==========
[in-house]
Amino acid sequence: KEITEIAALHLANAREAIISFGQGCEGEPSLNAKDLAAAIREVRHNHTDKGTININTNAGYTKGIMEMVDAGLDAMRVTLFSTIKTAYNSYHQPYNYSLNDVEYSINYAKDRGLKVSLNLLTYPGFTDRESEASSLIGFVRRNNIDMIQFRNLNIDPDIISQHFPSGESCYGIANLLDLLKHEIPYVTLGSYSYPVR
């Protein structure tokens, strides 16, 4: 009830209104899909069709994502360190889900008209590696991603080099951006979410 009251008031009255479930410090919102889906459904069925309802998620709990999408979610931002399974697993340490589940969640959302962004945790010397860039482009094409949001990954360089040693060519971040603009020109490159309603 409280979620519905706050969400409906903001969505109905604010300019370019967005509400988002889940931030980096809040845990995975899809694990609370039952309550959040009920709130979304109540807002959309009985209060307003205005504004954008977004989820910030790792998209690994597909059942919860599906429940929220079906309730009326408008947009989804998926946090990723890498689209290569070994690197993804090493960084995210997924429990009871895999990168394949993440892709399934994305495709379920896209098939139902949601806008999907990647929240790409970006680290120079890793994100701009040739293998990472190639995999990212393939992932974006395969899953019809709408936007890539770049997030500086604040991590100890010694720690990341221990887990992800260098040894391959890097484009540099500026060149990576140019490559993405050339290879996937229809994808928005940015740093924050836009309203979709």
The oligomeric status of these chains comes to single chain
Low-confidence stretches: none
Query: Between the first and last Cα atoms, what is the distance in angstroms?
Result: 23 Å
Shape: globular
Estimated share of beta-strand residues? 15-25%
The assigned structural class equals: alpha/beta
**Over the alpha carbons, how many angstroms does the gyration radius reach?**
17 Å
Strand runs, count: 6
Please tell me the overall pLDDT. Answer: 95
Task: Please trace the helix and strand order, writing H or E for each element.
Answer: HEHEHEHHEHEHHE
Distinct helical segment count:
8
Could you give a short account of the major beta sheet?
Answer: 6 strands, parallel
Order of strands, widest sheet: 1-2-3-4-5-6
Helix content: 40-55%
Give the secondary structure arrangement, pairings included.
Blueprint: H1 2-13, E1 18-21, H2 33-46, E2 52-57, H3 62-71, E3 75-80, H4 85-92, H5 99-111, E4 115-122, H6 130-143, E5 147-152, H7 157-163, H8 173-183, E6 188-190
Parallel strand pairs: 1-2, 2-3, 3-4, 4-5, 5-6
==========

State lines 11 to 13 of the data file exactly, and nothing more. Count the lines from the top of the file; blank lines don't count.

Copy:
**Over the alpha carbons, how many angstroms does the gyration radius reach?**
17 Å
Strand runs, count: 6